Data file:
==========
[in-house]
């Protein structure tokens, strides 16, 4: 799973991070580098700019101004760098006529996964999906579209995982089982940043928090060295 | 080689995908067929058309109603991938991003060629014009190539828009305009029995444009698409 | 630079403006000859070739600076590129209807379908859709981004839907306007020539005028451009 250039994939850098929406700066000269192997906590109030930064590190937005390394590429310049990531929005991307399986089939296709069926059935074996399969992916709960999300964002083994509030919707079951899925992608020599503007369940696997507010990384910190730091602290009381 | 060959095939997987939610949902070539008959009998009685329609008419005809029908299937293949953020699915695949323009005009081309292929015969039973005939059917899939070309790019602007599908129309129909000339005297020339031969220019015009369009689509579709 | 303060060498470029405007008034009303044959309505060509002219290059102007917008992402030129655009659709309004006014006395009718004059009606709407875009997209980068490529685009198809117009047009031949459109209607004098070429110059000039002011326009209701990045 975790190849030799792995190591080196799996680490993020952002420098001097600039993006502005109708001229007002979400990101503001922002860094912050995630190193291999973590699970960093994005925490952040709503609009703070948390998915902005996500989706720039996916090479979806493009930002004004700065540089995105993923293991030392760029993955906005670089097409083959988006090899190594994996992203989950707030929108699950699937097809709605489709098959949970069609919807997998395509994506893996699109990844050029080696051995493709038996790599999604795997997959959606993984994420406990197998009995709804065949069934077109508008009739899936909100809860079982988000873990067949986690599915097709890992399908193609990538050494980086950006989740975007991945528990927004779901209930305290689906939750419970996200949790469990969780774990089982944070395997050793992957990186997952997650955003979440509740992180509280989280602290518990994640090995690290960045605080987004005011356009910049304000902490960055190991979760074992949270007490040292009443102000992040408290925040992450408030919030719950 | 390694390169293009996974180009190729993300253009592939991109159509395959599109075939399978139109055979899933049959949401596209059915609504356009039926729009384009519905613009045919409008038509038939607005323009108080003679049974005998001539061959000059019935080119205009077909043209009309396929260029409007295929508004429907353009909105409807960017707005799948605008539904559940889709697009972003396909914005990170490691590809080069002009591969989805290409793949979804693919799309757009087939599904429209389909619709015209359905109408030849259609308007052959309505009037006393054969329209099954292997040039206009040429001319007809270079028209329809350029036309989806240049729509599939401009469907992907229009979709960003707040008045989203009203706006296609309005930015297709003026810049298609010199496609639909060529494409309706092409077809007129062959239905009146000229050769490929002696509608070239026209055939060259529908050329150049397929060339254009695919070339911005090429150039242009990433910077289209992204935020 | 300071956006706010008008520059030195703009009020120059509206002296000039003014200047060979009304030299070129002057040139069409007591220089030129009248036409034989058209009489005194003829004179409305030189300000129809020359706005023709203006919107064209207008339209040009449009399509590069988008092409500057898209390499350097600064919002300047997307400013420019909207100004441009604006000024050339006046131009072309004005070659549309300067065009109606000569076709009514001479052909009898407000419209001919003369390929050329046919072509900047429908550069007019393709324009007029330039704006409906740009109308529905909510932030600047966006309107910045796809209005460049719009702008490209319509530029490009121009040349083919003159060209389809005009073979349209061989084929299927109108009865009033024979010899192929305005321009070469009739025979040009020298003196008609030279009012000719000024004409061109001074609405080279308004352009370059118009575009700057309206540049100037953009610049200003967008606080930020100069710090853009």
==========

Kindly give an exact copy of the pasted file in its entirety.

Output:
[in-house]
């Protein structure tokens, strides 16, 4: 799973991070580098700019101004760098006529996964999906579209995982089982940043928090060295 | 080689995908067929058309109603991938991003060629014009190539828009305009029995444009698409 | 630079403006000859070739600076590129209807379908859709981004839907306007020539005028451009 250039994939850098929406700066000269192997906590109030930064590190937005390394590429310049990531929005991307399986089939296709069926059935074996399969992916709960999300964002083994509030919707079951899925992608020599503007369940696997507010990384910190730091602290009381 | 060959095939997987939610949902070539008959009998009685329609008419005809029908299937293949953020699915695949323009005009081309292929015969039973005939059917899939070309790019602007599908129309129909000339005297020339031969220019015009369009689509579709 | 303060060498470029405007008034009303044959309505060509002219290059102007917008992402030129655009659709309004006014006395009718004059009606709407875009997209980068490529685009198809117009047009031949459109209607004098070429110059000039002011326009209701990045 975790190849030799792995190591080196799996680490993020952002420098001097600039993006502005109708001229007002979400990101503001922002860094912050995630190193291999973590699970960093994005925490952040709503609009703070948390998915902005996500989706720039996916090479979806493009930002004004700065540089995105993923293991030392760029993955906005670089097409083959988006090899190594994996992203989950707030929108699950699937097809709605489709098959949970069609919807997998395509994506893996699109990844050029080696051995493709038996790599999604795997997959959606993984994420406990197998009995709804065949069934077109508008009739899936909100809860079982988000873990067949986690599915097709890992399908193609990538050494980086950006989740975007991945528990927004779901209930305290689906939750419970996200949790469990969780774990089982944070395997050793992957990186997952997650955003979440509740992180509280989280602290518990994640090995690290960045605080987004005011356009910049304000902490960055190991979760074992949270007490040292009443102000992040408290925040992450408030919030719950 | 390694390169293009996974180009190729993300253009592939991109159509395959599109075939399978139109055979899933049959949401596209059915609504356009039926729009384009519905613009045919409008038509038939607005323009108080003679049974005998001539061959000059019935080119205009077909043209009309396929260029409007295929508004429907353009909105409807960017707005799948605008539904559940889709697009972003396909914005990170490691590809080069002009591969989805290409793949979804693919799309757009087939599904429209389909619709015209359905109408030849259609308007052959309505009037006393054969329209099954292997040039206009040429001319007809270079028209329809350029036309989806240049729509599939401009469907992907229009979709960003707040008045989203009203706006296609309005930015297709003026810049298609010199496609639909060529494409309706092409077809007129062959239905009146000229050769490929002696509608070239026209055939060259529908050329150049397929060339254009695919070339911005090429150039242009990433910077289209992204935020 | 300071956006706010008008520059030195703009009020120059509206002296000039003014200047060979009304030299070129002057040139069409007591220089030129009248036409034989058209009489005194003829004179409305030189300000129809020359706005023709203006919107064209207008339209040009449009399509590069988008092409500057898209390499350097600064919002300047997307400013420019909207100004441009604006000024050339006046131009072309004005070659549309300067065009109606000569076709009514001479052909009898407000419209001919003369390929050329046919072509900047429908550069007019393709324009007029330039704006409906740009109308529905909510932030600047966006309107910045796809209005460049719009702008490209319509530029490009121009040349083919003159060209389809005009073979349209061989084929299927109108009865009033024979010899192929305005321009070469009739025979040009020298003196008609030279009012000719000024004409061109001074609405080279308004352009370059118009575009700057309206540049100037953009610049200003967008606080930020100069710090853009």